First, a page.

Grace Delarua, who tells the story of The Best of All Possible Worlds, is at once highly observant and, although there are other reasons for it, a little obtuse. Why can't she see what others see? Was she based on anyone you know?
I have always found people to be variably observant. There are some things they are very good at noticing and other things that pass them by completely. There are, as you say, reasons for that, including fear and denial, lazy expectations based on deeply ingrained stereotypes and lack of key information. The worst offenders are those who are convinced that they are observant, certain that they are unbiased and completely unaware that they don’t have all the facts.
Delarua’s not directly based on anyone I know, but I was inspired by something someone told me years ago. She had to briefly work with a frivolous, chatty and completely irritating woman. Then, near the end of her stint, she got to know the woman better and discovered that she was extremely intelligent, hardworking and ambitious. In fact, they had a lot in common and she thought they could have been great friends if she hadn’t been stuck for so long with her bad first impression.
Was there anything about this book that surprised you as you wrote about it?
The romance surprised me. There wasn’t supposed to be any! I was also surprised at the explanation for psionic abilities [like telekinesis or telepathy]. It was strangely fascinating and I was tempted to write pseudo-academic papers on the topic. The Elves . . . yes, the Elves surprised me by being astonishingly plausible when by rights they should have been pure farce.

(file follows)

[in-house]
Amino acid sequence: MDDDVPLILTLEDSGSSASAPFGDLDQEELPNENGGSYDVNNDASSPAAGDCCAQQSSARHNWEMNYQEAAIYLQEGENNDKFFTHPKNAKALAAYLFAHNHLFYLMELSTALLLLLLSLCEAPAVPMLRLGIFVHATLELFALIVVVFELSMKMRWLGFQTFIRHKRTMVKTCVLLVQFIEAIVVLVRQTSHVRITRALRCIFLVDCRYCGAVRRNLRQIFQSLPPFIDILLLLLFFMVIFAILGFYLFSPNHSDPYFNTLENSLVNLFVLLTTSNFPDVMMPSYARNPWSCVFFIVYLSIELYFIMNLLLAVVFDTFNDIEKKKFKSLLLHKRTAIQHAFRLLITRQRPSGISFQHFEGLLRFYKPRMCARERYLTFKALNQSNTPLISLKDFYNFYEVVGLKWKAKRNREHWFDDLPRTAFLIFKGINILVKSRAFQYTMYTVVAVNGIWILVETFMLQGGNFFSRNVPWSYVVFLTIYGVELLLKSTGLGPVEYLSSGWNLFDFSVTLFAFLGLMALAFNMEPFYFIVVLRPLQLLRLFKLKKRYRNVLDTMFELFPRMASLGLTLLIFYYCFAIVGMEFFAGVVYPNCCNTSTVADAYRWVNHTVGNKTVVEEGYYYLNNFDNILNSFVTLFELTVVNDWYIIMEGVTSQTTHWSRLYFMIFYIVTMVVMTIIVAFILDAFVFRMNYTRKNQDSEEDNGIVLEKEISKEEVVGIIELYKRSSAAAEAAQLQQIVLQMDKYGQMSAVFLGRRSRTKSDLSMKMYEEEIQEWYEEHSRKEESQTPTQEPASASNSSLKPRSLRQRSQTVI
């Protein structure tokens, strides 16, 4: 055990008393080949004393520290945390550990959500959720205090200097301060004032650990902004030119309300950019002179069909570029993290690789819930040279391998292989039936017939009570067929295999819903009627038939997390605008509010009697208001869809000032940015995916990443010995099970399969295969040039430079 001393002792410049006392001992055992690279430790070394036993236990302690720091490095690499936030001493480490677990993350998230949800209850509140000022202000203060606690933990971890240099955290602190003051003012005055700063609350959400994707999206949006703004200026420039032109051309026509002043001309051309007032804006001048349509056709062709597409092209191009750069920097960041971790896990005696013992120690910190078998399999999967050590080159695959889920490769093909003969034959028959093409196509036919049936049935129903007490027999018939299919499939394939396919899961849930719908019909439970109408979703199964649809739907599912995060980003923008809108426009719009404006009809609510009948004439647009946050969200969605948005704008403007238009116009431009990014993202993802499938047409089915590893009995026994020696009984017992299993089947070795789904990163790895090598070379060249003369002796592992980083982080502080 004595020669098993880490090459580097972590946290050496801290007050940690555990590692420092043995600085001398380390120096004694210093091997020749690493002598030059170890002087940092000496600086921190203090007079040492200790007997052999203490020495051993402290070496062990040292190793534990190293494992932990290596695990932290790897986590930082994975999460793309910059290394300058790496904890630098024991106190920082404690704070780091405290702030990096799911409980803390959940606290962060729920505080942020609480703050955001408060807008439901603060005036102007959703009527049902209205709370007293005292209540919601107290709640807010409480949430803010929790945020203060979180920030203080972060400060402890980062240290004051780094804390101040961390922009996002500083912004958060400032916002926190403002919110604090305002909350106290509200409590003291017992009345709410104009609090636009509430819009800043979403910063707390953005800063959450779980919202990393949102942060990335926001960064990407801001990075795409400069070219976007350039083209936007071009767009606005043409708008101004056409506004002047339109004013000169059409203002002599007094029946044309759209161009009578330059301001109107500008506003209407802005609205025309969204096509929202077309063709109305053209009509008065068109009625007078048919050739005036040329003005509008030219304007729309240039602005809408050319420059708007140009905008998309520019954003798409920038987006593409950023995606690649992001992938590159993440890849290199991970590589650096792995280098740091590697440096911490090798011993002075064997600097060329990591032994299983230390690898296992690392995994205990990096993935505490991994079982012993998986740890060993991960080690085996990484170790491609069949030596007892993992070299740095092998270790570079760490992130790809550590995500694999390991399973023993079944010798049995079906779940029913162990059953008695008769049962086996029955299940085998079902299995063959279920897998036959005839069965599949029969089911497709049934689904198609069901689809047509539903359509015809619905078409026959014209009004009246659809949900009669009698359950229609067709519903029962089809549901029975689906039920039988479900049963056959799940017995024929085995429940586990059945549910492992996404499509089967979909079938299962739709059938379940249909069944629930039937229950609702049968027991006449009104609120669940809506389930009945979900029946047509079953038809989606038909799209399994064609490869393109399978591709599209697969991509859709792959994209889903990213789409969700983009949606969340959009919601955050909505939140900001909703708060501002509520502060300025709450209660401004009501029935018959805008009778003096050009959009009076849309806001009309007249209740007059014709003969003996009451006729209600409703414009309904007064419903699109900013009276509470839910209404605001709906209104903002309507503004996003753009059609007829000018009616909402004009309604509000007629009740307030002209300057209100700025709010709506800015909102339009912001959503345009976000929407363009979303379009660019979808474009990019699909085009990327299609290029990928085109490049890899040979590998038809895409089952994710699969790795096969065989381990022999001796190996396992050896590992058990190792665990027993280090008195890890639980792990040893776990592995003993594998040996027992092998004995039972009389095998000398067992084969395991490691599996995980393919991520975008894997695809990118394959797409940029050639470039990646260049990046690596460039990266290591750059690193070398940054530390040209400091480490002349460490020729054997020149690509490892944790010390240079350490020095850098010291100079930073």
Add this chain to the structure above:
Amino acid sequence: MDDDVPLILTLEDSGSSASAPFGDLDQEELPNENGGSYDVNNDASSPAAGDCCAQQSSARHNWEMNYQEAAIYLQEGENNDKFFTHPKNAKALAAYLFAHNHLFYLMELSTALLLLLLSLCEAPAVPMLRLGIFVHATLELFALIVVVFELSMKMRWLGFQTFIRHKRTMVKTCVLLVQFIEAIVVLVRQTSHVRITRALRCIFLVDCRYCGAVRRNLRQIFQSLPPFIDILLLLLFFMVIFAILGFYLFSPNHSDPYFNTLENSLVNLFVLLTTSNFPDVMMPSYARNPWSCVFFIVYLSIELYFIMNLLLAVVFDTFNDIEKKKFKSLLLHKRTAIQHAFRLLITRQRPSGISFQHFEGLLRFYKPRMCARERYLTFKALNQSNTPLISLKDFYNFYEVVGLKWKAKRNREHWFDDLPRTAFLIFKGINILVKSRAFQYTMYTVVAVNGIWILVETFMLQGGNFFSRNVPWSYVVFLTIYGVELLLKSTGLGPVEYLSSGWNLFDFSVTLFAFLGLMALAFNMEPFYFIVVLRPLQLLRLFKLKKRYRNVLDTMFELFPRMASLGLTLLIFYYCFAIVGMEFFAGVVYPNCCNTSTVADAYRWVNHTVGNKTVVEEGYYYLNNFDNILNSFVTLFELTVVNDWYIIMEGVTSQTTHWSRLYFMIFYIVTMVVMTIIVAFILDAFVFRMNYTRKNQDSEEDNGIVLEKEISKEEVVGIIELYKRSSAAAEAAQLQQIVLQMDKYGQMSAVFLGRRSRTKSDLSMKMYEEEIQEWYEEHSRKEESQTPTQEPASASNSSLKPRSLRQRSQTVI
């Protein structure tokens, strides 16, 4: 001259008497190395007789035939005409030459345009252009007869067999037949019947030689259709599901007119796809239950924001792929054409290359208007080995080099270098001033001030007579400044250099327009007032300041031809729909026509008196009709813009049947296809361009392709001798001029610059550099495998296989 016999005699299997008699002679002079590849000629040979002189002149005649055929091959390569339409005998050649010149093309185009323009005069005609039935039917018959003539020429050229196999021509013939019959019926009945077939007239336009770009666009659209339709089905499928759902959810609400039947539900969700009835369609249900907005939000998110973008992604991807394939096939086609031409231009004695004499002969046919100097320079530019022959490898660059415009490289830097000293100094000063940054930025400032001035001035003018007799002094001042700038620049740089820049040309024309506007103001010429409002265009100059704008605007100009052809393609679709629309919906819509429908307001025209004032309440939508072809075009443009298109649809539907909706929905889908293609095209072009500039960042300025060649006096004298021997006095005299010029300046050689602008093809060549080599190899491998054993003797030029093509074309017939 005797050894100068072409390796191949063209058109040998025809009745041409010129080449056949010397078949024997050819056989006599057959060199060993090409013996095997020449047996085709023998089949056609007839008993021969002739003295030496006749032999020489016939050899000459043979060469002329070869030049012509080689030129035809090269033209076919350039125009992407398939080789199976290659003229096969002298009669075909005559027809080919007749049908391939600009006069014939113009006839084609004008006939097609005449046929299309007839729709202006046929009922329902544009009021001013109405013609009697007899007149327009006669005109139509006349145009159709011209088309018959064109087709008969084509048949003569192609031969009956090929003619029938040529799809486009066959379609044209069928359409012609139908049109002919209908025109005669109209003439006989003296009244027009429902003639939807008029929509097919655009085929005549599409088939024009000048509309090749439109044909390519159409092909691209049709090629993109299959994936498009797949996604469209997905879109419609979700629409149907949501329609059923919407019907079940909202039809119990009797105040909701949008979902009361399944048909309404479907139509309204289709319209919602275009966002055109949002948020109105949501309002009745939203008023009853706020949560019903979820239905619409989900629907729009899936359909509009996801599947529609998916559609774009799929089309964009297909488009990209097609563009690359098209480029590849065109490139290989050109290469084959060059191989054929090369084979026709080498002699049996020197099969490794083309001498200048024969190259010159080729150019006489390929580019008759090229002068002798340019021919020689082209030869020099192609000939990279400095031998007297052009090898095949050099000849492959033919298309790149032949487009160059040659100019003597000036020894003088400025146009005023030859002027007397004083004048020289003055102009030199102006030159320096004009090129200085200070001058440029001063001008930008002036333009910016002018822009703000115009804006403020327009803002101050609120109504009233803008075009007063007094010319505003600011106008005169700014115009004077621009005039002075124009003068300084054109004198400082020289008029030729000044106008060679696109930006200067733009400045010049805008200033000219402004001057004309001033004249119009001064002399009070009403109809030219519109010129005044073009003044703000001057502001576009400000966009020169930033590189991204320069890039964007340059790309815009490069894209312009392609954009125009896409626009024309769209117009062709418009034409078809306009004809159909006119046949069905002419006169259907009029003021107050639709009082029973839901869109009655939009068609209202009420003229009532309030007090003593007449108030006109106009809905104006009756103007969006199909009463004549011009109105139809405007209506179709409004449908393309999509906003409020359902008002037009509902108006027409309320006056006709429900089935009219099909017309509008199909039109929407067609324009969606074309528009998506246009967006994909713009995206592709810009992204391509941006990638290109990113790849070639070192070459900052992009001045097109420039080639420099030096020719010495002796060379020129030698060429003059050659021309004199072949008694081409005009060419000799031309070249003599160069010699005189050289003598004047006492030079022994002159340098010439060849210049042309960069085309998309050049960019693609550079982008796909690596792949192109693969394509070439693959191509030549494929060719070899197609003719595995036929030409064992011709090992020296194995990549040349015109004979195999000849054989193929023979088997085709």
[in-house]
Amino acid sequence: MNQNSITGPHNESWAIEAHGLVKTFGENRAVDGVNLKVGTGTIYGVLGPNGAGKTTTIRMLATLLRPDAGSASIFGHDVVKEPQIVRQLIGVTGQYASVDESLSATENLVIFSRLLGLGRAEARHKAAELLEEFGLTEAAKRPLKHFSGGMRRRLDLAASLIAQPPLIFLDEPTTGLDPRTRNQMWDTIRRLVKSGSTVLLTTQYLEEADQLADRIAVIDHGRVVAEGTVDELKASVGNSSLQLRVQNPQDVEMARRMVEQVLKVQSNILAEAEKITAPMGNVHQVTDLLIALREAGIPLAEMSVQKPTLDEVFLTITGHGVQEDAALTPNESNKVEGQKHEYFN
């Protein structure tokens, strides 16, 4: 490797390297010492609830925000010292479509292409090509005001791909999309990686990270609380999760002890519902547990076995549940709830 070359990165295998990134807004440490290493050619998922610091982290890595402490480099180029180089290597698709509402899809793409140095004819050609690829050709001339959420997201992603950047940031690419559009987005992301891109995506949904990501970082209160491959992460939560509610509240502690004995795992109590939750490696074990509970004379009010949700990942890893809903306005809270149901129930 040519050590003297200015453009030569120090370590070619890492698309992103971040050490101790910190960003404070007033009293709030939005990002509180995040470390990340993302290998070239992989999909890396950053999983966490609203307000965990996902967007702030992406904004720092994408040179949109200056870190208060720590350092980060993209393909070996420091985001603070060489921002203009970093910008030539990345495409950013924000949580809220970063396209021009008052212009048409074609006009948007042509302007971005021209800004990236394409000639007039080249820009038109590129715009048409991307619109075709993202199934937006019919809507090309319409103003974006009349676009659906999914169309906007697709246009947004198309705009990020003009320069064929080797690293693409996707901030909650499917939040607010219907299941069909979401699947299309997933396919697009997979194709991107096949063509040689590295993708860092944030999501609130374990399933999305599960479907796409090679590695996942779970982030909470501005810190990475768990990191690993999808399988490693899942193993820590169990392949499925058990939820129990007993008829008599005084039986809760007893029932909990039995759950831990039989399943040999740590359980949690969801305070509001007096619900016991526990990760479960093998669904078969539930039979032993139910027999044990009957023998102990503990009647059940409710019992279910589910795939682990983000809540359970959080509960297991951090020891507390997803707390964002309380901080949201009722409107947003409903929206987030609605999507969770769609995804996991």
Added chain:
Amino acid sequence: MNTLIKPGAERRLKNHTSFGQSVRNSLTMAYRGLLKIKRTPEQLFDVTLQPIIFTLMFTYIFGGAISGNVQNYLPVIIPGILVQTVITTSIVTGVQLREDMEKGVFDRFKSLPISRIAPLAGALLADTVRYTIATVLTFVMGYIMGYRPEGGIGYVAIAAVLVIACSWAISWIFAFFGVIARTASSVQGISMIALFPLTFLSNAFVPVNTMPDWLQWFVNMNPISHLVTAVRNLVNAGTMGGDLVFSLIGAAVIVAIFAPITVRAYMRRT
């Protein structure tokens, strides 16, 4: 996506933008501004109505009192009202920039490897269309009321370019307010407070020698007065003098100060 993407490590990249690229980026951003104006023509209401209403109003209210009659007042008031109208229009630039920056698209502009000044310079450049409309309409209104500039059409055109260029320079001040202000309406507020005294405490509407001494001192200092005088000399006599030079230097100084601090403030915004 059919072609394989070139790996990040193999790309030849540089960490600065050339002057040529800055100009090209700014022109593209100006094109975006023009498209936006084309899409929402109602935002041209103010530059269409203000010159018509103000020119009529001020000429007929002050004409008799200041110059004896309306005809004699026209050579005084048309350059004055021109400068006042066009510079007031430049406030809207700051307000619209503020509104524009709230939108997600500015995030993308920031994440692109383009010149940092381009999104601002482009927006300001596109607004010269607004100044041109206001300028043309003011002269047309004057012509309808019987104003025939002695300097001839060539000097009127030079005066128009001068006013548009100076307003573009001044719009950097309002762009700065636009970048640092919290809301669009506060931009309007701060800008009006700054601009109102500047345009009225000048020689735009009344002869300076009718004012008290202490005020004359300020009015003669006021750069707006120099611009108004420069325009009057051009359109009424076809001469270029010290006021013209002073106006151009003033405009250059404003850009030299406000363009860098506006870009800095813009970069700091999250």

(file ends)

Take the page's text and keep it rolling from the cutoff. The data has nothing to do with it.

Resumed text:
The biggest shock was inventing the savannah dog, then doing research on the name only to discover that there actually is a savannah dog . . . which looked like I imagined it and is located in the real-life region on which I based the Cygnian region.
How has your life changed since your first novel was published?
I co-write research reports for socioeconomic projects but I haven’t written an academic paper in a good while. I’m certainly not famous yet. The local newspapers are learning not to misspell my last name (there are more Lordes than Lords in Barbados). This year I’m going to the Adelaide Writers’ Week, which will be my first time in Australia, and I’m really looking forward to it!
I know you read far and wide. Have you read anything recently you'd especially recommend?
I love to recommend Caribbean science fiction, [like] Ghosts by Curdella Forbes (2012) and The Rainmaker’s Mistake by Erna Brodber (2007). I’ve gained a new appreciation for short story collections. I recently read Ted Chiang’s brilliant Stories of Your Life and Others (I know, I’m late). Karin Tidbeck’s recent debut collection Jagannath is beautiful, and The Weird anthology, edited by Ann and Jeff VanderMeer, is essential reading.
Gavin Grant is the publisher of Small Beer Press, which published Karen Lord’s debut novel, Redemption in Indigo. He lives in Northampton, Massachusetts.
Read our review of Best of All Possible Worlds.